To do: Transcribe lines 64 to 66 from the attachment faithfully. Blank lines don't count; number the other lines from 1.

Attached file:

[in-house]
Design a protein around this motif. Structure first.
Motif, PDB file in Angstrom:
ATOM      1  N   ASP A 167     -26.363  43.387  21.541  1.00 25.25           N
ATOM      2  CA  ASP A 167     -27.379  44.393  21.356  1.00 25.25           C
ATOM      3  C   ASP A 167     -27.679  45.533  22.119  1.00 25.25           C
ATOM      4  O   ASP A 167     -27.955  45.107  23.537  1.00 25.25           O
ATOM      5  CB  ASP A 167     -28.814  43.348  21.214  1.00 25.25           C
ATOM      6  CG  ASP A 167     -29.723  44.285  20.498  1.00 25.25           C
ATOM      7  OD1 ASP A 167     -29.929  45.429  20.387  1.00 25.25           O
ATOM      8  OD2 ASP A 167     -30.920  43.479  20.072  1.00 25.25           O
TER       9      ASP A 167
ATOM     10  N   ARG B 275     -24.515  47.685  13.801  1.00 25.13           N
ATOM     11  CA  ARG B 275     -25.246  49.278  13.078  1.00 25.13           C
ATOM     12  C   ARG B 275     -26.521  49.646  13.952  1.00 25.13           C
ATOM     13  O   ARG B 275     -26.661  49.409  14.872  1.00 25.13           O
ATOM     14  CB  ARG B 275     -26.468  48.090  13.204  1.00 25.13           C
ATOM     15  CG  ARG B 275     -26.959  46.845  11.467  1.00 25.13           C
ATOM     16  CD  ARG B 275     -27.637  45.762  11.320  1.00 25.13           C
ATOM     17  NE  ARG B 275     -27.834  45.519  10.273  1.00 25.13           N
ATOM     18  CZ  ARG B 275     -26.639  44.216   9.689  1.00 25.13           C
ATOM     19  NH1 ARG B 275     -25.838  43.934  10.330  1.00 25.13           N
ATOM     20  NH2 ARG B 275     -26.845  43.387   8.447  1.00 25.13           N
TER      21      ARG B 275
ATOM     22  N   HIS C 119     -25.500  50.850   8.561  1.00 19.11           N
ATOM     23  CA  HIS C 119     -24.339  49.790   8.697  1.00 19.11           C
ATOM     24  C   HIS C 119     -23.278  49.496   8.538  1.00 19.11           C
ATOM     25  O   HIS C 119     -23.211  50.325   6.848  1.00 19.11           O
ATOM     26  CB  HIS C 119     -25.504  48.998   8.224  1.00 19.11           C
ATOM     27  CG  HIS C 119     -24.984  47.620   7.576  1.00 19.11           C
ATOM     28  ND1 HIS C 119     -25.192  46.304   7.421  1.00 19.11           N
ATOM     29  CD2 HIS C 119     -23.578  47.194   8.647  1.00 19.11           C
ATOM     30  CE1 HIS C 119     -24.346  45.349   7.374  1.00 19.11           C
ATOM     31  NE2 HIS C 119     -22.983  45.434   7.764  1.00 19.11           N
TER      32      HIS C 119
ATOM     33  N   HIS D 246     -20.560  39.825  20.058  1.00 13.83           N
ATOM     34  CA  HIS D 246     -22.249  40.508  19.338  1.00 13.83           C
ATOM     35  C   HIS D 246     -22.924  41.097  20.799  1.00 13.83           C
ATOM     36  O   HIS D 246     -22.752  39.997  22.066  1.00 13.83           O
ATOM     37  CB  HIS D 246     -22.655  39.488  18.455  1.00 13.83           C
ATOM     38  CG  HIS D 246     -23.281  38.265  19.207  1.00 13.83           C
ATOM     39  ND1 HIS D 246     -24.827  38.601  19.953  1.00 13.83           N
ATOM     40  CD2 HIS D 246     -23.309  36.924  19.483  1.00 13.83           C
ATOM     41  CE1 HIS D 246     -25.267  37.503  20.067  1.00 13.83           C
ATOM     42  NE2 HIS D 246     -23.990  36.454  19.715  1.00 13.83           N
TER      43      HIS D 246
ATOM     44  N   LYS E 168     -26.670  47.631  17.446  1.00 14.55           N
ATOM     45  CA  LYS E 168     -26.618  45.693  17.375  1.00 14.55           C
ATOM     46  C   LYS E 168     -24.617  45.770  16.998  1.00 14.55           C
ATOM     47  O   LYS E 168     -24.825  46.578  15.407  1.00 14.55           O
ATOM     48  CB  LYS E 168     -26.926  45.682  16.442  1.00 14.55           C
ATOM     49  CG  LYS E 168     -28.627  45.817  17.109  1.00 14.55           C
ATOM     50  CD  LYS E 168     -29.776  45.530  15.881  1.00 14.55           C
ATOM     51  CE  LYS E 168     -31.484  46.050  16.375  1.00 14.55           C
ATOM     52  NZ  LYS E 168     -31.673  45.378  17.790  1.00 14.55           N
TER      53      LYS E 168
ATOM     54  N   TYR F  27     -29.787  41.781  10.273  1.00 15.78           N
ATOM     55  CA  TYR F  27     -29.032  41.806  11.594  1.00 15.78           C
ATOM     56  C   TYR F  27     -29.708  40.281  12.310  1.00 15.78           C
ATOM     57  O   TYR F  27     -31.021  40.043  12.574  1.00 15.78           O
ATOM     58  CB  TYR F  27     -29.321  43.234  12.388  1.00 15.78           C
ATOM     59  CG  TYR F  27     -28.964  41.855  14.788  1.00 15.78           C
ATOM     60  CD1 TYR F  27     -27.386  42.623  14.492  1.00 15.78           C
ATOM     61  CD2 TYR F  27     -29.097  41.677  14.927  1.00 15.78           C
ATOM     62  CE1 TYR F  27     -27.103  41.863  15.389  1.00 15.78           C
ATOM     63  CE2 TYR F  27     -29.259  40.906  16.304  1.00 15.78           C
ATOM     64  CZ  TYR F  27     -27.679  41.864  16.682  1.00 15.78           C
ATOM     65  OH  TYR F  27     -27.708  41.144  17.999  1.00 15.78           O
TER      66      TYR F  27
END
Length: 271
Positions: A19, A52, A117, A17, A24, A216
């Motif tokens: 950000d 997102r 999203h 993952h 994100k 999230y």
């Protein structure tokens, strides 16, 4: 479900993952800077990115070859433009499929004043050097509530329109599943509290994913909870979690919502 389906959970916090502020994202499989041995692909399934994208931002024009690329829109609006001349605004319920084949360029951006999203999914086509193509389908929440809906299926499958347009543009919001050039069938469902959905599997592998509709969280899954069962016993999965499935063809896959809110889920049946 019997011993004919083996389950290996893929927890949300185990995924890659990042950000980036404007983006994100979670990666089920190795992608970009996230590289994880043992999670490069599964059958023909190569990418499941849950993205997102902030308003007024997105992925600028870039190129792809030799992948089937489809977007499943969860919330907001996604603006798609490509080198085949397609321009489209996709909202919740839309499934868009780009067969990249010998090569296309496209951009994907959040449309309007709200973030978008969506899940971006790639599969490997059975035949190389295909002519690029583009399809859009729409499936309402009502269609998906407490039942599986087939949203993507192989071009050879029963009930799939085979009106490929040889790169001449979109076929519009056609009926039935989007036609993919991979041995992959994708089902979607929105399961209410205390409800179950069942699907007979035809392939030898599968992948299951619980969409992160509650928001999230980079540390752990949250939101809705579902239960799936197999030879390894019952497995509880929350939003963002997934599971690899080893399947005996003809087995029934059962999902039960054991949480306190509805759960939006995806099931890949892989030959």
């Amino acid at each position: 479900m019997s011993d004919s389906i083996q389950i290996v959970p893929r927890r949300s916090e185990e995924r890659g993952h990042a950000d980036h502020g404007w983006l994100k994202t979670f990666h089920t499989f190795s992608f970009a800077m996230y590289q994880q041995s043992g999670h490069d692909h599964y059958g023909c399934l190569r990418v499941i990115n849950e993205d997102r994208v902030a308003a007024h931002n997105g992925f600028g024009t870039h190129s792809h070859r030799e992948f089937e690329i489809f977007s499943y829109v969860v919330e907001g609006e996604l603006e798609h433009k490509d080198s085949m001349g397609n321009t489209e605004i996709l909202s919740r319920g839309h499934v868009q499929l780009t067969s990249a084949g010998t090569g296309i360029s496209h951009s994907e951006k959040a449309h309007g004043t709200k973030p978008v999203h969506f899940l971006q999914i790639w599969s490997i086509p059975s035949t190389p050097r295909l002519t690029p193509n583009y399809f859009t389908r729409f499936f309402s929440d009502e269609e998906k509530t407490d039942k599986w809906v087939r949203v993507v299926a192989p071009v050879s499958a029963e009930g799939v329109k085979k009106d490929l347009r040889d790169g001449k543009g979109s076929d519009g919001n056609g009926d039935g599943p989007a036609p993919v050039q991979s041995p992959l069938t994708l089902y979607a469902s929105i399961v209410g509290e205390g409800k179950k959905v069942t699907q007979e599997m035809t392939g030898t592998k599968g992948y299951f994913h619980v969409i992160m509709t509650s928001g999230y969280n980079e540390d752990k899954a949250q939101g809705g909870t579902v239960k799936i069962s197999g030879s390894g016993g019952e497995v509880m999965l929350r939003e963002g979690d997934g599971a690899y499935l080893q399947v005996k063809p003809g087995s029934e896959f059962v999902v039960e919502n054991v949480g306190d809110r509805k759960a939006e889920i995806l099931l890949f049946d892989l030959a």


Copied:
ATOM     61  CD2 TYR F  27     -29.097  41.677  14.927  1.00 15.78           C
ATOM     62  CE1 TYR F  27     -27.103  41.863  15.389  1.00 15.78           C
ATOM     63  CE2 TYR F  27     -29.259  40.906  16.304  1.00 15.78           C